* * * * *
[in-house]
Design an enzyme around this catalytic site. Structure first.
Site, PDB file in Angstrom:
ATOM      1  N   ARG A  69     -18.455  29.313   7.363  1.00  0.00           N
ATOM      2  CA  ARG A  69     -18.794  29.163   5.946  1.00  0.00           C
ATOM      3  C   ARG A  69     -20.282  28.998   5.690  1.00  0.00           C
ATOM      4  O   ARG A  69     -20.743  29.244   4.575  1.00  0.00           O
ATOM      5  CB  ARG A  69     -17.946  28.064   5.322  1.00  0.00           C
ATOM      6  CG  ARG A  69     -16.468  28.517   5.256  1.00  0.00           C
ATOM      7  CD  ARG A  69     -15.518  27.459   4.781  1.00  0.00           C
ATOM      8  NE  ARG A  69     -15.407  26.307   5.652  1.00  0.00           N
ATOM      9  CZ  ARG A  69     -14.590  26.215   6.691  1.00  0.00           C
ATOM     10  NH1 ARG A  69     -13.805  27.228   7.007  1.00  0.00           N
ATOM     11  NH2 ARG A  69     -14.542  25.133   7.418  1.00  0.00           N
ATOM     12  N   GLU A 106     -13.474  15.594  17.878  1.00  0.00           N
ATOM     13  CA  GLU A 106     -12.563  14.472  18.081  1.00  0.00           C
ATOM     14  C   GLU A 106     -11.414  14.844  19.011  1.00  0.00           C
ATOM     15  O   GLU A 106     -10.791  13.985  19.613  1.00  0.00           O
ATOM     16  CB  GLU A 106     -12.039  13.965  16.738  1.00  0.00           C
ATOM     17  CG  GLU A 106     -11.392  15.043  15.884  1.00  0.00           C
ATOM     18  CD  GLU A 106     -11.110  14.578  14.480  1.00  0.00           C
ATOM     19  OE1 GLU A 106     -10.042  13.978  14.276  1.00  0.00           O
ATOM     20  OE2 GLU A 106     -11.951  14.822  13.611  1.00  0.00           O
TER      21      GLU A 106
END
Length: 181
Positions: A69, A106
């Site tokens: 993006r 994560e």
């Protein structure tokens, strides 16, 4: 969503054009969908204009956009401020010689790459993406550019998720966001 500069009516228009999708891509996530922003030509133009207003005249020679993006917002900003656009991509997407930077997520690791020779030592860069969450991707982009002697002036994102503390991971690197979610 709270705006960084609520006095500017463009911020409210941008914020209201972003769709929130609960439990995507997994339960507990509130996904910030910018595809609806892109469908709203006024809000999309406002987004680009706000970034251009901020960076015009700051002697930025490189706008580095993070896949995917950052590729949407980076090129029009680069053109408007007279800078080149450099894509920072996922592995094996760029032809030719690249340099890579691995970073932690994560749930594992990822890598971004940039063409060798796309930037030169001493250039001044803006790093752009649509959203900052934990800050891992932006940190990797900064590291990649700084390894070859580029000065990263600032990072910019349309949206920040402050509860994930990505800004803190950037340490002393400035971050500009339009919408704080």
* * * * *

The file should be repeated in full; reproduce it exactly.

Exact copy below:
[in-house]
Design an enzyme around this catalytic site. Structure first.
Site, PDB file in Angstrom:
ATOM      1  N   ARG A  69     -18.455  29.313   7.363  1.00  0.00           N
ATOM      2  CA  ARG A  69     -18.794  29.163   5.946  1.00  0.00           C
ATOM      3  C   ARG A  69     -20.282  28.998   5.690  1.00  0.00           C
ATOM      4  O   ARG A  69     -20.743  29.244   4.575  1.00  0.00           O
ATOM      5  CB  ARG A  69     -17.946  28.064   5.322  1.00  0.00           C
ATOM      6  CG  ARG A  69     -16.468  28.517   5.256  1.00  0.00           C
ATOM      7  CD  ARG A  69     -15.518  27.459   4.781  1.00  0.00           C
ATOM      8  NE  ARG A  69     -15.407  26.307   5.652  1.00  0.00           N
ATOM      9  CZ  ARG A  69     -14.590  26.215   6.691  1.00  0.00           C
ATOM     10  NH1 ARG A  69     -13.805  27.228   7.007  1.00  0.00           N
ATOM     11  NH2 ARG A  69     -14.542  25.133   7.418  1.00  0.00           N
ATOM     12  N   GLU A 106     -13.474  15.594  17.878  1.00  0.00           N
ATOM     13  CA  GLU A 106     -12.563  14.472  18.081  1.00  0.00           C
ATOM     14  C   GLU A 106     -11.414  14.844  19.011  1.00  0.00           C
ATOM     15  O   GLU A 106     -10.791  13.985  19.613  1.00  0.00           O
ATOM     16  CB  GLU A 106     -12.039  13.965  16.738  1.00  0.00           C
ATOM     17  CG  GLU A 106     -11.392  15.043  15.884  1.00  0.00           C
ATOM     18  CD  GLU A 106     -11.110  14.578  14.480  1.00  0.00           C
ATOM     19  OE1 GLU A 106     -10.042  13.978  14.276  1.00  0.00           O
ATOM     20  OE2 GLU A 106     -11.951  14.822  13.611  1.00  0.00           O
TER      21      GLU A 106
END
Length: 181
Positions: A69, A106
């Site tokens: 993006r 994560e």
């Protein structure tokens, strides 16, 4: 969503054009969908204009956009401020010689790459993406550019998720966001 500069009516228009999708891509996530922003030509133009207003005249020679993006917002900003656009991509997407930077997520690791020779030592860069969450991707982009002697002036994102503390991971690197979610 709270705006960084609520006095500017463009911020409210941008914020209201972003769709929130609960439990995507997994339960507990509130996904910030910018595809609806892109469908709203006024809000999309406002987004680009706000970034251009901020960076015009700051002697930025490189706008580095993070896949995917950052590729949407980076090129029009680069053109408007007279800078080149450099894509920072996922592995094996760029032809030719690249340099890579691995970073932690994560749930594992990822890598971004940039063409060798796309930037030169001493250039001044803006790093752009649509959203900052934990800050891992932006940190990797900064590291990649700084390894070859580029000065990263600032990072910019349309949206920040402050509860994930990505800004803190950037340490002393400035971050500009339009919408704080």